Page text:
Tense calm in India’s Manipur where ethnic riots claimed 62 lives
Curfew in place and peace talks held as state’s chief minister says about 230 people injured and 1,700 houses burned in the violence.
Rioting and ethnic clashes last week in India’s Manipur have killed at least 62 people and displaced 35,000, officials say, as a tense calm prevails across the remote northeastern state.
Manipur’s chief minister, N Biren Singh, told reporters late on Monday that about 230 people were injured and 1,700 houses burned in the violence.
Fierce fighting broke out in Manipur between members of about 30 tribal groups and a non-tribal group, the ethnic majority Meitei, over economic, educational and political benefits extended to some tribes.
Police in the state capital, Imphal, said 62 people were killed in the fighting that had raged in the hills and some parts of the valley, but there was no violence over the weekend.
A report on Monday in India’s Scroll.in news website said the death toll hit 65 while three politicians in the state’s ruling Bharatiya Janata Party (BJP) said in a Reuters news agency report that it was about 70.
Singh said thousands of civilians, escorted by security personnel, were now returning home after the situation was brought under control by police officers and soldiers patrolling the streets and enforcing a dawn-to-dusk curfew, which is still in place.
“The situation is slowly limping back to normal. … We shall order a high-level probe to enquire into the violent clashes,” he said.
Lorho S Pfoze, a member of parliament from the state, said the government was trying to ensure that villagers could return to their homes as leaders from opposing sides held peace talks on Monday.
“The situation is extremely tense, and victims are scared to return to their villages as they fear clashes could erupt again,” he said.
On Monday, Indian Home Minister Amit Shah told the India Today news channel the situation in Manipur was under control as he appealed to its people to maintain peace.
Violence in Manipur, which borders Myanmar, broke out last week after protests by more than 50,000 Kukis and members of other predominantly Christian tribal communities in Churachandpur and adjoining districts.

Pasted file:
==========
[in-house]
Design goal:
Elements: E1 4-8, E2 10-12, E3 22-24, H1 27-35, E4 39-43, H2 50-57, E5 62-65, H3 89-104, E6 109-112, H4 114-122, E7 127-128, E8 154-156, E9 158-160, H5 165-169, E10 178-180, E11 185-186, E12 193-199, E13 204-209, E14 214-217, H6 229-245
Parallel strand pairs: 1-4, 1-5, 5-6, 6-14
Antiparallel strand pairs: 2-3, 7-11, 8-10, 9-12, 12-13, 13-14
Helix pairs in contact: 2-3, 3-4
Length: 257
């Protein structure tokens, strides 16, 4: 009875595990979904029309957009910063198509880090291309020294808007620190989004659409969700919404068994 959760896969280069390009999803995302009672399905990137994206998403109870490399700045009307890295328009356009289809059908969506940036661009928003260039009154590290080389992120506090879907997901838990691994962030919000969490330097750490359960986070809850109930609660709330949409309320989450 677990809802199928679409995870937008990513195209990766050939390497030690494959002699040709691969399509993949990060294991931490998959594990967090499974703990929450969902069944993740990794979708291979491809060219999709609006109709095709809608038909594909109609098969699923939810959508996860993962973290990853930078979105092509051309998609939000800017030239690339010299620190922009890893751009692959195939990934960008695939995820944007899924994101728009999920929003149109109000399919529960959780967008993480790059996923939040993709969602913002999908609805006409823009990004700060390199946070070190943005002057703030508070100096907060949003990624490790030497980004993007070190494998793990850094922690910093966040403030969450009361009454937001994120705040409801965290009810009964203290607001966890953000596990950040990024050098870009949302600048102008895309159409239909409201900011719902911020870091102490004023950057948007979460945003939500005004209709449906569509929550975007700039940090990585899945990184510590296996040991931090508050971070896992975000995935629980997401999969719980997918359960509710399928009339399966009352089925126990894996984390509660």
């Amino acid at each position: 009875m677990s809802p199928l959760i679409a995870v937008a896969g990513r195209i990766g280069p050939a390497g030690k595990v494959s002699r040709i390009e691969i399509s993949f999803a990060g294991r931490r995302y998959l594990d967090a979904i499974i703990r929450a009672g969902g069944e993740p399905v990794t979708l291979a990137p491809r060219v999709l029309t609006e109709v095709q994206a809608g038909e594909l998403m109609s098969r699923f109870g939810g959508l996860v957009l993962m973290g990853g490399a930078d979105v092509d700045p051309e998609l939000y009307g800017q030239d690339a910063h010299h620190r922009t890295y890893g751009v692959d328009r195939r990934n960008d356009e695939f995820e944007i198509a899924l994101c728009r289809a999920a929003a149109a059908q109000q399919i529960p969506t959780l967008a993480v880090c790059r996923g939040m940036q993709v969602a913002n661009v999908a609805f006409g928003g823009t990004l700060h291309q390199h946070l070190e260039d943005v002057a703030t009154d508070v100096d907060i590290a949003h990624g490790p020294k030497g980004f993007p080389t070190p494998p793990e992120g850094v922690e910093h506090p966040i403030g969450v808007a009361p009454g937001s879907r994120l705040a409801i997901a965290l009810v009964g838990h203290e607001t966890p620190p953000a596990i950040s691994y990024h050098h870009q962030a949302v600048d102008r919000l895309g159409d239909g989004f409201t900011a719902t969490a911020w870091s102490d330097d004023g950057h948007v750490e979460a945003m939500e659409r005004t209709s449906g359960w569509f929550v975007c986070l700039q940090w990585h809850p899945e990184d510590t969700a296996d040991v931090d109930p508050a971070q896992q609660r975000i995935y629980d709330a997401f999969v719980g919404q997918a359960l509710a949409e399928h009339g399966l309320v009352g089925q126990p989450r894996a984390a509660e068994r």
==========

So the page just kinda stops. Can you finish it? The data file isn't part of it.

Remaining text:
They were protesting the Meitei Hindu community’s demand for a special status that would give them benefits, including the right to farm on forest land, cheap bank loans, and health and educational facilities as well as a specified quota of government jobs.
India reserves some government jobs, college places and elected seats – from village councils to parliament – for those categorised as scheduled tribes. It is a form of affirmative action to tackle historical structural inequalities and discrimination.
Minority hill community leaders said the Meitei community is comparatively well-off and that granting it more privileges would be unfair.
The Meiteis say employment quotas and other benefits for the tribespeople would be protected.
Two-thirds of the state’s 2.5 million people live in a valley that comprises roughly 10 percent of the state’s total area. The Kuki and other tribes live primarily in the surrounding hill districts.
Rights groups in Imphal said tensions started building last month after the Manipur High Court asked the government to consider the Meitei community’s request to be given the constitutionally defined status of a scheduled tribe.
The existing recognised tribes opposed the request.
“The tribal and non-tribal groups have had a history of jealousy over the distribution of economic resources and opportunities, but this time their anger just could not be contained,” said Khuraijam Athouba, a member of the Coordination Committee on Manipur Integrity who participated in Monday’s peace talks,
“We are urging both sides to really put an end to the violence, or they will have to live under strict curfew for months,” he said.